This is a procedure to set the tx level using an SSB receiver to detect the first carrier zero. 

  1. Prepare to modulate the transmitter with the -12.4 dBmO 1KHz sine wave test tone, adjust to zero modulation level and key the transmitter up.
  2. Couple a small amount of the carrier to an SSB receiver and tune in the carrier to a beat note of about 800 Hz. 
  3. Slowly increase the modulation until you hear the carrier beat disappear. Carefully find this null position of the carrier beat note. Note that you will also hear one or more sidebands when the modulation is applied, ignore these and just listen for the null of the carrier. 

The modulation index is now 2.4, and therefore the deviation is 2.4 KHz. Peak Program Level will attempt to drive the transmitter to 10 KHz deviation, but will be limited by the transmitter audio limiter.

The technique is very sensitive, be careful to not pass straight over the first carrier zero. The limiter may (should) prevent sufficient deviation to observe the second carrier zero at m=5.5. Not only is the technique very sensitive, it is also very accurate when the frequency of the tone is accurate (as from the digitally synthesized test file supplied below),  and suitable for calibration of instruments.

You have read about the procedure, click to listen to a demonstration. This demonstration uses an SSB receiver with a 3.5 KHz IF bandwidth, but I have used the technique with receivers with a 10 KHz IF bandwidth, you just hear more of the sidebands, but need to concentrate on the carrier beat and null it out. The test receiver could be a high quality communications receiver or a scanner with a BFO or LSB/USB mode. You could sample the modulated signal at the carrier frequency, or by sniffing some signal from the IF of a super-heterodyne receiver.

Note: this procedure depends on a single sinusoidal modulating signal, CTCSS tx must be disabled temporarily to perform the lineup. If you use CTCSS on the broadcast channel, you could do the lineup on another non-CTCSS channel on a the same band.

IRLP

Unable to find a clear standard for setup of an IRLP node other than the model audiotest.wav file, the audiotest.wav file was analyzed for peak level and RMS level to provide clues for a standard setup. The peak level was -1 dBmO and the RMS level was -18 dBmO. This is sufficiently similar to the broadcast content discussed above as to indicate that the same setup procedure is appropriate (ie -12.4 dBmO 1 KHz tone to cause 2.4 KHz deviation which coincides with the first carrier null). (Note that this lineup would result in slightly higher deviation than that suggested by KC6HUR).

Echolink

Unable to find a clear standard for setup of an Echolink node other than the model ECHOTEST message, the ECHOTEST message was analyzed for peak level and RMS level to provide clues for a standard setup. The peak level was -3 dBmO and the RMS level was -18 dBmO. This is sufficiently similar to the broadcast content discussed above as to indicate that the same setup procedure is appropriate.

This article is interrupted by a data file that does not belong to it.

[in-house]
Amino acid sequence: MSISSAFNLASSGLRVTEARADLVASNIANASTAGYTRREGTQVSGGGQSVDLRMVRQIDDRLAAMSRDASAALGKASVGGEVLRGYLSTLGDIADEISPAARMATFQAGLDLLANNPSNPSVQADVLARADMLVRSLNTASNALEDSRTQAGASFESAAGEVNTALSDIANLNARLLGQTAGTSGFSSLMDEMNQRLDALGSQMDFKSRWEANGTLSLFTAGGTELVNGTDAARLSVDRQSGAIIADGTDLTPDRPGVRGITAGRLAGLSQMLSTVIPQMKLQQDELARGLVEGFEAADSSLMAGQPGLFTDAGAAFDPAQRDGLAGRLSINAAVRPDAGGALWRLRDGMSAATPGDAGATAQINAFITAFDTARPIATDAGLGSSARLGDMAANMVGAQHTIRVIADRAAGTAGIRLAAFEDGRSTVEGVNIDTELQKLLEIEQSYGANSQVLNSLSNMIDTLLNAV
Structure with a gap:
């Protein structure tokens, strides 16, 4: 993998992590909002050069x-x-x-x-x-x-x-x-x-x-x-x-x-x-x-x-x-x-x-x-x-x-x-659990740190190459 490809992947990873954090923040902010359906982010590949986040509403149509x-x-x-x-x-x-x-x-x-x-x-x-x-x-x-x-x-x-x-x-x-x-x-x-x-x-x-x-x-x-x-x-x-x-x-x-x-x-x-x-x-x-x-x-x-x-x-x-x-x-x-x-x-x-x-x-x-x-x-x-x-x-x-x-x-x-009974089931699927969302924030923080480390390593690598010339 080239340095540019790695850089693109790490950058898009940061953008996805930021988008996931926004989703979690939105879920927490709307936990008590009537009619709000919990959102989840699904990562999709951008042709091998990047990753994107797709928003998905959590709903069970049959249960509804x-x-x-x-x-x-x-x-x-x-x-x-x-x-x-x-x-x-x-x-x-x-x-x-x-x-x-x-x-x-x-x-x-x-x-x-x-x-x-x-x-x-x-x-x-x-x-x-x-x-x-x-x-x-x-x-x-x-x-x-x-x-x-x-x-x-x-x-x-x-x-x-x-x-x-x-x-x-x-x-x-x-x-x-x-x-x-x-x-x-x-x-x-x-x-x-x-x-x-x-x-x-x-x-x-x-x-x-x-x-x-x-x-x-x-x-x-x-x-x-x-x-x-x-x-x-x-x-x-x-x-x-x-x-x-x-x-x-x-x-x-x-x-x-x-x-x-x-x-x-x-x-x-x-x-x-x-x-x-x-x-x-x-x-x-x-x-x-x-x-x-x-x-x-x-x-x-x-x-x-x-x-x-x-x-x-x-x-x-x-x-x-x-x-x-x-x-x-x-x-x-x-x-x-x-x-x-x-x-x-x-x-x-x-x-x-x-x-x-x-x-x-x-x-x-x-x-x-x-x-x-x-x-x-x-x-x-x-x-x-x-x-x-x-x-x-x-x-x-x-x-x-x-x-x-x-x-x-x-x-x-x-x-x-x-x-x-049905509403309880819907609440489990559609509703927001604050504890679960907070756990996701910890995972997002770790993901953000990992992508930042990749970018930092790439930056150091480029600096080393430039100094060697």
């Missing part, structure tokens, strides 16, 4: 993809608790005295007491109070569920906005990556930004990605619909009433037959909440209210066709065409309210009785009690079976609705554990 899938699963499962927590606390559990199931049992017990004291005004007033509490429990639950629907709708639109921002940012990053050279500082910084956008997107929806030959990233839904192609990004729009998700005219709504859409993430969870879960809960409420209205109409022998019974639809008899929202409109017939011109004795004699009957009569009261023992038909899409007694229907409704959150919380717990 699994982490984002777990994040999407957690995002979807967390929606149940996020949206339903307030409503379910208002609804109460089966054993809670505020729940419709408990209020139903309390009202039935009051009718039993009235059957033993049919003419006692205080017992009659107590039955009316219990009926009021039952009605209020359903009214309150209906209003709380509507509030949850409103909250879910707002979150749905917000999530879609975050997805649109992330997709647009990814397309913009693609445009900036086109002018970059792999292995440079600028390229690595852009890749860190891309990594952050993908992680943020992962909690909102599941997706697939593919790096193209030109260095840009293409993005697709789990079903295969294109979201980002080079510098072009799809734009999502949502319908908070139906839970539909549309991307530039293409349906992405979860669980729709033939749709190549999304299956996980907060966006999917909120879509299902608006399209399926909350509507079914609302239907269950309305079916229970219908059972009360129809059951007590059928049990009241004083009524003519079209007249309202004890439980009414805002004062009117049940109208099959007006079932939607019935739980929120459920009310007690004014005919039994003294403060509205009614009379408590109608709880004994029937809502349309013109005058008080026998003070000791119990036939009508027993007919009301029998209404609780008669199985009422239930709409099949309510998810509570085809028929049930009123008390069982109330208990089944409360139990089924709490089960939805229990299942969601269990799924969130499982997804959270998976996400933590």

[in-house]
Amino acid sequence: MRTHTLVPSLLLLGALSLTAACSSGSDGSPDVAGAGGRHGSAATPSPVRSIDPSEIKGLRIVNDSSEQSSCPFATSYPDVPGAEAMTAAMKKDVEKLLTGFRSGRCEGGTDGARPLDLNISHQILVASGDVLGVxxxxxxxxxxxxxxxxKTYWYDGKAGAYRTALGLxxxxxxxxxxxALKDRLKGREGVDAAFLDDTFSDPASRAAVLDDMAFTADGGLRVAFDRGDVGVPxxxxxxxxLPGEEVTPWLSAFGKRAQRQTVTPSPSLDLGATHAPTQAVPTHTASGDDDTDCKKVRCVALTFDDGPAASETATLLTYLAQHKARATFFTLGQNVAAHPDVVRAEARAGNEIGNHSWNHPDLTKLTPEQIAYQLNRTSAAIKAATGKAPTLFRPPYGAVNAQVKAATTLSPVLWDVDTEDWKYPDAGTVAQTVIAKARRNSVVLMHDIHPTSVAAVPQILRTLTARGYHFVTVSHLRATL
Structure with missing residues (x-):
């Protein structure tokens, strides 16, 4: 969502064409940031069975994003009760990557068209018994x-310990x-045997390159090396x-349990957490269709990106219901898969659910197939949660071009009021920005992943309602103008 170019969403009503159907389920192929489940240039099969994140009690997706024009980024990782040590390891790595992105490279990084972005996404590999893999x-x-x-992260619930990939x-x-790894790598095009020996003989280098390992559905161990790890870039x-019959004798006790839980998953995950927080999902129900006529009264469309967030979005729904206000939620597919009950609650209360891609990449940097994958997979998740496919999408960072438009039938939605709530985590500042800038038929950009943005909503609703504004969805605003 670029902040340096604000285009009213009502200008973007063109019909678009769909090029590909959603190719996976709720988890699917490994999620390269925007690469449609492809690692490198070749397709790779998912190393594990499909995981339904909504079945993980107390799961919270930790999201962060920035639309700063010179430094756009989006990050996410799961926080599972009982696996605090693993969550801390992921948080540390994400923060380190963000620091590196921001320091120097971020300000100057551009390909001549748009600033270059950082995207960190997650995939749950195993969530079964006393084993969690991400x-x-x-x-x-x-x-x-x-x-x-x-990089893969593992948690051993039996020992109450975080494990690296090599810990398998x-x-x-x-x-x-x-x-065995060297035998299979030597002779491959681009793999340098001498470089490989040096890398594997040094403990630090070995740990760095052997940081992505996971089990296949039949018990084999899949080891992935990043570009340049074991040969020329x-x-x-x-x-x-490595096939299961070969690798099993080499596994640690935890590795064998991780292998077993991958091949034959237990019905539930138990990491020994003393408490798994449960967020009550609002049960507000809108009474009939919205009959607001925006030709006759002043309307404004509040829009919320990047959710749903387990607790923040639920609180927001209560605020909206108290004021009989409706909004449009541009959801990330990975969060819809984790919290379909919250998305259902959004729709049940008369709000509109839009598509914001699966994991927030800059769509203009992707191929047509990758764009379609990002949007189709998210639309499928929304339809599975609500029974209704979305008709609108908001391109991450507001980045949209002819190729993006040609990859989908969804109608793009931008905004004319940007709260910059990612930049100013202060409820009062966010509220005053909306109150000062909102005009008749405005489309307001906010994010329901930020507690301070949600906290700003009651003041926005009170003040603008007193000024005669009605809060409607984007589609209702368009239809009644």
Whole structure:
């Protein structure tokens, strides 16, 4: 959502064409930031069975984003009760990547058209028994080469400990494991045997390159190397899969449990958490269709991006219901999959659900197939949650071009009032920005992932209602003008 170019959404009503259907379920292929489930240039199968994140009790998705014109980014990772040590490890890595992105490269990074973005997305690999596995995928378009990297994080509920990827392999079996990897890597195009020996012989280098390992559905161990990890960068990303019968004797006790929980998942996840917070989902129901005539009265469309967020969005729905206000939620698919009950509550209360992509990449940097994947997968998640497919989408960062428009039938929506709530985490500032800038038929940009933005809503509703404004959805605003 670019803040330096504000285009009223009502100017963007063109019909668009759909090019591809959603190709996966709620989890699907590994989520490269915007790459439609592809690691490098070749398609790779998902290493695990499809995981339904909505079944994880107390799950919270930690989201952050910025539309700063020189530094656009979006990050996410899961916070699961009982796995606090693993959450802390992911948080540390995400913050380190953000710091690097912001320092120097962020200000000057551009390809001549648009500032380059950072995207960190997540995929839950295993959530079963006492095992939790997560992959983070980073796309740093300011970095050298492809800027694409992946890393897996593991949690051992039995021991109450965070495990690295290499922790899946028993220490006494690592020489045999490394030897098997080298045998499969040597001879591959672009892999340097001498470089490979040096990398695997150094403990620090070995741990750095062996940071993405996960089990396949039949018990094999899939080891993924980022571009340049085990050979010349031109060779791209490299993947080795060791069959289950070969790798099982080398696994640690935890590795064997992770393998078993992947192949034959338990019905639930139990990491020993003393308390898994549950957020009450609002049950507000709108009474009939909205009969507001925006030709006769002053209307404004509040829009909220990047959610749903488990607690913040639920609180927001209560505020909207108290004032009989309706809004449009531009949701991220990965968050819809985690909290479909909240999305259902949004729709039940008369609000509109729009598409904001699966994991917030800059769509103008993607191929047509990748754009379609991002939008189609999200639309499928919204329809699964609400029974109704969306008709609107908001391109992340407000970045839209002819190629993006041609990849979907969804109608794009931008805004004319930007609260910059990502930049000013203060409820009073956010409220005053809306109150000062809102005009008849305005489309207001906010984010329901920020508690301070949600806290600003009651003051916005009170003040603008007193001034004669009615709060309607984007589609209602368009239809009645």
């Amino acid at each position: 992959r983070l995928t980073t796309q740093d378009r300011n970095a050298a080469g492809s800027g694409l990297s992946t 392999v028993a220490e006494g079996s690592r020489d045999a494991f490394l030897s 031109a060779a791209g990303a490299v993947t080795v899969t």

In addition to the test tone file proposed above, Echolink has its own internal test tone source which could be used for setup. To correctly set the levels for an Echolink node using its own test tone, use the Echolink menus to send a 1 KHz test tone at -12 dB to the transmitter and adjust the tx audio for 2.4 KHz deviation using a deviation meter or first carrier null as described above.

Test files

A digitally synthesized test tone file is useful in setup of the FM side, it should be played from the same source as the broadcast sound file. The test tone file contains the following:

  1. 1KHz sine wave at -12.4 dBmO for adjustment of the tx level using Bessel first carrier null;
  2. 500Hz, 1KHz and 2KHz sine waves at -20 dBmO for testing for gross slope across the passband; and
  3. silence between tones for observing the background noise level.

For operators with access to a deviation meter, the 1 KHz test tone at -20 dB should be used to set 1 KHz peak deviation. Having set the audio level, the passband flatness can be checked using the other tones, the 500 Hz -20 dBmO tone should cause 500 Hz deviation and the 2 KHz tone should cause 2 KHz deviation.

Download the test tone file in mp3 format  here.

Checklist

A checklist to improve chances of success:

  1. line up the audio levels and get off-air reports of broadcast playback to confirm setup;
  2. ensure that the PC (if used for playback) will not shutdown during the playback due to power saving, screen locks, or flat battery;
  3. ensure that any transmitter time-out timer is disabled;
  4. be aware of any timeouts on repeaters if used, and disable or periodically reset such timers;
  5. monitor the broadcast relay off-air for overall confirmation of operation.

Links

Glossary

BFO

Beat Frequency Oscillator

dB

Decibel(s), a means of expressing a power ratio, calculated as 10*log(P1/P2).
It is also sometimes incorrectly used to refer to the level of a digital audio signal relative to the maximum possible sample value (or sometimes the minimum non-zero sample value).

dBm0

Power in dBm referred to or measured at a zero transmission level point (0TLP). A 0TLP is also called a point of zero relative transmission level (0 dBr).

dBr

The power ratio, expressed in dB, between a point and a reference point selected as the zero relative transmission level point (0TLP).

FM

Frequency Modulation

LSB

Lower Sideband

0TLP

A point of zero relative transmission level (0 dBr). 

PCM

Pulse Code Modulation

PM

Phase Modulation

SSB

Single Sideband

USB

Upper Sideband

© Copyright: Owen Duffy 1995, 2004. All rights reserved.